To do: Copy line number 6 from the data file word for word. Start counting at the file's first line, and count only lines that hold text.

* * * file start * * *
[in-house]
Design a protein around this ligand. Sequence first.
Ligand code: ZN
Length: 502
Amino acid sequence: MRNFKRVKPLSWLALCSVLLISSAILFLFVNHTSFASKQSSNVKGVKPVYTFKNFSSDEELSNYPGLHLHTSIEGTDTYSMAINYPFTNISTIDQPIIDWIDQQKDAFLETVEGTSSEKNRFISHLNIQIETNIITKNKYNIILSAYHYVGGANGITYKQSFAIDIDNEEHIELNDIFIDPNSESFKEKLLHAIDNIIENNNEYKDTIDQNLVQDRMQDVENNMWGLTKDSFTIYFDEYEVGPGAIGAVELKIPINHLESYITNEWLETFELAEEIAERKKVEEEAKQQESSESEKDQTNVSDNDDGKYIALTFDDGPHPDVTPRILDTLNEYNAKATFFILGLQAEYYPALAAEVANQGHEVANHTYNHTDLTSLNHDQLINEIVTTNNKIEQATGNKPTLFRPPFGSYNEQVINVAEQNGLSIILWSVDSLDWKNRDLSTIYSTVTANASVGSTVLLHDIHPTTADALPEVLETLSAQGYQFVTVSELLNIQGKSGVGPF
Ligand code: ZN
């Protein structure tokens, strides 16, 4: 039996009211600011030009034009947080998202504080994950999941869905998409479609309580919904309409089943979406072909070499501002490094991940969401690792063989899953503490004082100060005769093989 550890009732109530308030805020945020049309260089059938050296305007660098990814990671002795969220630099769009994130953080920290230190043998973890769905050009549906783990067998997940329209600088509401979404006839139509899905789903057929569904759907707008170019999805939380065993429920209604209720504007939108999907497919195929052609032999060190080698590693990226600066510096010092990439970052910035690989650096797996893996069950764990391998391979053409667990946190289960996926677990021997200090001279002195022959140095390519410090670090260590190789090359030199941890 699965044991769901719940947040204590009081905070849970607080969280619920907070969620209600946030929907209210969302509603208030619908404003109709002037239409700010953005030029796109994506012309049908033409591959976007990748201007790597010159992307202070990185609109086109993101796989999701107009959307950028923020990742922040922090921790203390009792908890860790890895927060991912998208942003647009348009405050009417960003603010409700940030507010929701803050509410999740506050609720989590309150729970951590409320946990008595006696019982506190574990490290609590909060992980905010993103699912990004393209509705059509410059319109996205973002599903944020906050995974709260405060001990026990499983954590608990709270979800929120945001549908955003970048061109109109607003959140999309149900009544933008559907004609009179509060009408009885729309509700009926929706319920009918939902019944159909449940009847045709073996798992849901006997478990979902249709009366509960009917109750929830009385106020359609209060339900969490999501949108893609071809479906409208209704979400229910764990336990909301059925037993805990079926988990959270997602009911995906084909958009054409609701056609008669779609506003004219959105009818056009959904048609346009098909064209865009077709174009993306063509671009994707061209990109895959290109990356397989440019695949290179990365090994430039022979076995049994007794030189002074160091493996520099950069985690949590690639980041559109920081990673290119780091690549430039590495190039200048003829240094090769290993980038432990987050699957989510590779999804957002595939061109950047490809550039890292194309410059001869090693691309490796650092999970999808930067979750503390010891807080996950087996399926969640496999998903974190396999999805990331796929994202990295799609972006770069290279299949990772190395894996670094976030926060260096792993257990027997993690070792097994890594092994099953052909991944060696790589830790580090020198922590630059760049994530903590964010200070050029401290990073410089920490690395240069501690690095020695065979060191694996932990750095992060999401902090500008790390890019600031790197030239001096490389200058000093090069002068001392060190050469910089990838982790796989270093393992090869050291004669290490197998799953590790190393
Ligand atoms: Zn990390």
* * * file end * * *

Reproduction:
Ligand code: ZN